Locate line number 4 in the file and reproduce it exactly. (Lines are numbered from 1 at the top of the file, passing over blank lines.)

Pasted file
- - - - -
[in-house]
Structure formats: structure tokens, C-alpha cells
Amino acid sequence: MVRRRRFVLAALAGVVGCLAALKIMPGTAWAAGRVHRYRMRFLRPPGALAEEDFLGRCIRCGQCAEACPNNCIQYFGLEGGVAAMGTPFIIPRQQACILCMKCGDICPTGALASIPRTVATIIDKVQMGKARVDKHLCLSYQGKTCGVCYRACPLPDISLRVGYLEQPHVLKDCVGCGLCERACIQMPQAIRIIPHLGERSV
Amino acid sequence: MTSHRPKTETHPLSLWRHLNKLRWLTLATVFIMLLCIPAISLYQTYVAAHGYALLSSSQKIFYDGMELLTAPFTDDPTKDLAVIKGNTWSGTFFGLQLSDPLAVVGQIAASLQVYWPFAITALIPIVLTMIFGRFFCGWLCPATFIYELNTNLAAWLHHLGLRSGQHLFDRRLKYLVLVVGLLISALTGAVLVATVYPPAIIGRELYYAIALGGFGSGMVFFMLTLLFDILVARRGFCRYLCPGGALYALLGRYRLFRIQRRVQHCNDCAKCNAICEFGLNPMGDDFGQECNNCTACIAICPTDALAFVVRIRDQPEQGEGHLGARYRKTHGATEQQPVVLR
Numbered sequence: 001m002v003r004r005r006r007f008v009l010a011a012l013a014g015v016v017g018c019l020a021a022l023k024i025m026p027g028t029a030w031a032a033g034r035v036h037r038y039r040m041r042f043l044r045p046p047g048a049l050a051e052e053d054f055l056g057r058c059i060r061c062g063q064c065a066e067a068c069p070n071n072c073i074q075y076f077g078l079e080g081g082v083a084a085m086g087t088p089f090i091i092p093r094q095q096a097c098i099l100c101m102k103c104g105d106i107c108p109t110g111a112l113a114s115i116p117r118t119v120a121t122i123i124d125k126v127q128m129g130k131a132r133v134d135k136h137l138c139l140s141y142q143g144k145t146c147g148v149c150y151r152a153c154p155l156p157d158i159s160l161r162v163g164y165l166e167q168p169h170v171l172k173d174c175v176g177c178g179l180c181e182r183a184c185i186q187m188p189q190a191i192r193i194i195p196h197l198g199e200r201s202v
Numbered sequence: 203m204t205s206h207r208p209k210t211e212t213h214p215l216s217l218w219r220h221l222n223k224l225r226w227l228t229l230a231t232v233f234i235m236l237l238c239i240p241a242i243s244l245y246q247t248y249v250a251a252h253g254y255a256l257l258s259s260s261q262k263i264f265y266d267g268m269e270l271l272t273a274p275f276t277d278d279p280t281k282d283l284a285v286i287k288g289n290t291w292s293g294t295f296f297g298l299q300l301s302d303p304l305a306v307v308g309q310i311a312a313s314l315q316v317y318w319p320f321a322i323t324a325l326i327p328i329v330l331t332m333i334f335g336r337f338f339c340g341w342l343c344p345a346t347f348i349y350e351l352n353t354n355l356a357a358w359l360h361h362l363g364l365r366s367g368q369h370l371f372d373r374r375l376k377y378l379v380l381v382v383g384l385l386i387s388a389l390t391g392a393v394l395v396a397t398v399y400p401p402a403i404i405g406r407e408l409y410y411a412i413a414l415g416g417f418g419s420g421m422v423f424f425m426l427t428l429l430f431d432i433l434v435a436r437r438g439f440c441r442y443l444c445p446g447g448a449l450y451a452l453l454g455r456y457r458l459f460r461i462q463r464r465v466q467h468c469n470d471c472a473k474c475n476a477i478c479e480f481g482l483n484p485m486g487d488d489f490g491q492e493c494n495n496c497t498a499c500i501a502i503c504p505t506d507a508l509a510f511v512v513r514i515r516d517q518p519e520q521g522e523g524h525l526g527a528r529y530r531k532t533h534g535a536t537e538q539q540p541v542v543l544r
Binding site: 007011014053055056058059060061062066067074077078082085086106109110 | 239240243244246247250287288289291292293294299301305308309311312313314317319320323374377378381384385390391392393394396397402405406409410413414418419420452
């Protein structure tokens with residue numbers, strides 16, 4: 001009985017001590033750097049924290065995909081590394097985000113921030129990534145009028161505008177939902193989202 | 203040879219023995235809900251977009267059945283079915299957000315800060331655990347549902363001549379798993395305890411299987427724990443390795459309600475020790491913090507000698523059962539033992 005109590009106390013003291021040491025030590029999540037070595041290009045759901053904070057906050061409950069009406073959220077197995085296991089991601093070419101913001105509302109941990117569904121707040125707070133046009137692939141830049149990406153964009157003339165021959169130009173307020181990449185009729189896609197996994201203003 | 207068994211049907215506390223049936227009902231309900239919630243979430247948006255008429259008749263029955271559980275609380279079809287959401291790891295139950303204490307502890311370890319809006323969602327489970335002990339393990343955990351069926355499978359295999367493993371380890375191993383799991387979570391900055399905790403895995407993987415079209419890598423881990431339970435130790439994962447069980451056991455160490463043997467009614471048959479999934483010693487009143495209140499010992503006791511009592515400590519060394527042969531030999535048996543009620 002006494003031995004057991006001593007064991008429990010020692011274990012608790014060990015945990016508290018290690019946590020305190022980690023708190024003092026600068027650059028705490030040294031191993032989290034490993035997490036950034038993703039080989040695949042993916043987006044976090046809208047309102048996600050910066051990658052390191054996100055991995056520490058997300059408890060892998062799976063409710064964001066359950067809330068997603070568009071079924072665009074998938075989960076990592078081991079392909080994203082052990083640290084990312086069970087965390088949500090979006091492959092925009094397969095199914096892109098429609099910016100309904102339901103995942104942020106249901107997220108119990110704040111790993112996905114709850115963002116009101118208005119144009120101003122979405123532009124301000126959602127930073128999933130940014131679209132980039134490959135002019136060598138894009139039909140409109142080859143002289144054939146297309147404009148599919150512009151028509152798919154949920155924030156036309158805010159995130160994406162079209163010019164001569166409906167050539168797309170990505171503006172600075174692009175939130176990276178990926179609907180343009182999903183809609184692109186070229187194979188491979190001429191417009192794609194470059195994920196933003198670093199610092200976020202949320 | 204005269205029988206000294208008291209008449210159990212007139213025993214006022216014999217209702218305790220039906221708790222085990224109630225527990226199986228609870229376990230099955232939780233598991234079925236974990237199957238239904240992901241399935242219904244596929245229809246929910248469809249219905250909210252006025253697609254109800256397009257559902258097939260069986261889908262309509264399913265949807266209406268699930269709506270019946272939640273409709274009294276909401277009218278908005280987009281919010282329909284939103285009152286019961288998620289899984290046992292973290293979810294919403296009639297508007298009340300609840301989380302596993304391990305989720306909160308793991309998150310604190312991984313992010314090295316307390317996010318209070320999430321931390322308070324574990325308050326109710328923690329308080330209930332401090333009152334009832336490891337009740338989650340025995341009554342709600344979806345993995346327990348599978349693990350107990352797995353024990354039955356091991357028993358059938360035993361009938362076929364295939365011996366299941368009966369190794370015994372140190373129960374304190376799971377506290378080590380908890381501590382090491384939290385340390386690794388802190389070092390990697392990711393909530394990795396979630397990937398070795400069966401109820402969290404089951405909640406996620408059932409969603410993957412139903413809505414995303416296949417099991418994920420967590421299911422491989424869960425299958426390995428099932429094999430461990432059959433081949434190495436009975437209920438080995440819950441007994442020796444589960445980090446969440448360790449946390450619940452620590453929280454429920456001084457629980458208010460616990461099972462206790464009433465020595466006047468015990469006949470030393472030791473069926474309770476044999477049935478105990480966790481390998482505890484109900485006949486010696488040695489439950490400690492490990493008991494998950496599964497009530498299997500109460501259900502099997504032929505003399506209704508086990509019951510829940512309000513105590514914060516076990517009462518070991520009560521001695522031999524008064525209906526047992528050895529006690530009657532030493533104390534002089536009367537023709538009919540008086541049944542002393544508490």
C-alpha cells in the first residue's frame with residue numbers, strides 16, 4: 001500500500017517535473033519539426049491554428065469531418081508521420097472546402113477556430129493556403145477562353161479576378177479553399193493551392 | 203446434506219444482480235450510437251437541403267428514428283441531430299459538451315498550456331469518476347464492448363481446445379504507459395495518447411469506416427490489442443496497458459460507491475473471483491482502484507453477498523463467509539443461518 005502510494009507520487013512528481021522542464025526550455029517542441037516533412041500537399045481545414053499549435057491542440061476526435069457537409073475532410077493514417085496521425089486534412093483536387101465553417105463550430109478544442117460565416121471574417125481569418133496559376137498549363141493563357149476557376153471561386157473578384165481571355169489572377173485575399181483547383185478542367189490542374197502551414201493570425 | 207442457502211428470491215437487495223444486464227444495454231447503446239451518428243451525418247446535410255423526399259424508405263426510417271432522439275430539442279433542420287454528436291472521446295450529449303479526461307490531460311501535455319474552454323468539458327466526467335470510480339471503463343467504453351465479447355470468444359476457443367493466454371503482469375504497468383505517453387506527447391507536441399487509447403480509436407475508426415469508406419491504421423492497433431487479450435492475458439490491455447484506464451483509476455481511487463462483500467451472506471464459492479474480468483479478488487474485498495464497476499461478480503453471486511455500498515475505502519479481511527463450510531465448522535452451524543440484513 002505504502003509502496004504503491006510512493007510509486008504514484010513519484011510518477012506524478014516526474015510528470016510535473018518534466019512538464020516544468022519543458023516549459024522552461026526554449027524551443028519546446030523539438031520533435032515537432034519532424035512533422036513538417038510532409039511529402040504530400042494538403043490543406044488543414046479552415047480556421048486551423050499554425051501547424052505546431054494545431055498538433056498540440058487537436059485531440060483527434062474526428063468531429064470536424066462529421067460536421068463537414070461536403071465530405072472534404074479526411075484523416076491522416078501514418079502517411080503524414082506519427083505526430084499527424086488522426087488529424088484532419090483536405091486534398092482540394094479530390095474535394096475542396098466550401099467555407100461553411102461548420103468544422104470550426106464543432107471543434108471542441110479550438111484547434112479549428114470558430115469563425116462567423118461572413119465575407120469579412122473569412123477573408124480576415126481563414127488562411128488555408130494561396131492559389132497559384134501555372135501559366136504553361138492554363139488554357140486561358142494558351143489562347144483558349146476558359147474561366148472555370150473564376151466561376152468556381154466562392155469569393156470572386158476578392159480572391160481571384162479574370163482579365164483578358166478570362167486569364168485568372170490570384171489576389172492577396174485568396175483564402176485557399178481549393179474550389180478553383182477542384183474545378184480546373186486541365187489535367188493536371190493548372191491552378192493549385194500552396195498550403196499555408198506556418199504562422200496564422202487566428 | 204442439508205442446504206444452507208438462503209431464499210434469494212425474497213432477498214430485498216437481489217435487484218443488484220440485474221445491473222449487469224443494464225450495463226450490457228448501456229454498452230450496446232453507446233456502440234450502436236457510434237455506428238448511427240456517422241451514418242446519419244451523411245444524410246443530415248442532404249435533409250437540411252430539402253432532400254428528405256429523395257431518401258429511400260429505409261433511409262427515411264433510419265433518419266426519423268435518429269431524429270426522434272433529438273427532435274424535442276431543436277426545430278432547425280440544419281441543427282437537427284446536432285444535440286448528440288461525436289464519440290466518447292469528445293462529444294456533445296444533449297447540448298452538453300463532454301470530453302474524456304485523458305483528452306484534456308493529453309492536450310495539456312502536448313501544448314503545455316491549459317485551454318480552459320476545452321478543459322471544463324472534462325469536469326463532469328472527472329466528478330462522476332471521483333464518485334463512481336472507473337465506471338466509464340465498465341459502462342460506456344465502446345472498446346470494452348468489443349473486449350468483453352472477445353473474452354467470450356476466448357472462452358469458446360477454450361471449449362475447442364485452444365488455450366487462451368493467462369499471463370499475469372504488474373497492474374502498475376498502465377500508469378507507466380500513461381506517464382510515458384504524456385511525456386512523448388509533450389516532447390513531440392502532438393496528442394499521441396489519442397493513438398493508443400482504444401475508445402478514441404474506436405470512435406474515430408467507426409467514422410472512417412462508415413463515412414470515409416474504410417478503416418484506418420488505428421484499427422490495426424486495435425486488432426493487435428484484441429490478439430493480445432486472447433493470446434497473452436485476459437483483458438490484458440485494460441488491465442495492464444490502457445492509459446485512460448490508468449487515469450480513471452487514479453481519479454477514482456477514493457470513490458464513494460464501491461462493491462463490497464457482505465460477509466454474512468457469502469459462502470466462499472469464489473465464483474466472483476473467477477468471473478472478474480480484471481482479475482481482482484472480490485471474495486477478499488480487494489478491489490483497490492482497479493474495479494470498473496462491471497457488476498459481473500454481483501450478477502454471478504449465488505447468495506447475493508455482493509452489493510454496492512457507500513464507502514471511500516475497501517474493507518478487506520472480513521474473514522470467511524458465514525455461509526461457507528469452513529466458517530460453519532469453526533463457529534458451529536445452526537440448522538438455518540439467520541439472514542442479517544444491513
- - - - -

Amino acid sequence: MTSHRPKTETHPLSLWRHLNKLRWLTLATVFIMLLCIPAISLYQTYVAAHGYALLSSSQKIFYDGMELLTAPFTDDPTKDLAVIKGNTWSGTFFGLQLSDPLAVVGQIAASLQVYWPFAITALIPIVLTMIFGRFFCGWLCPATFIYELNTNLAAWLHHLGLRSGQHLFDRRLKYLVLVVGLLISALTGAVLVATVYPPAIIGRELYYAIALGGFGSGMVFFMLTLLFDILVARRGFCRYLCPGGALYALLGRYRLFRIQRRVQHCNDCAKCNAICEFGLNPMGDDFGQECNNCTACIAICPTDALAFVVRIRDQPEQGEGHLGARYRKTHGATEQQPVVLR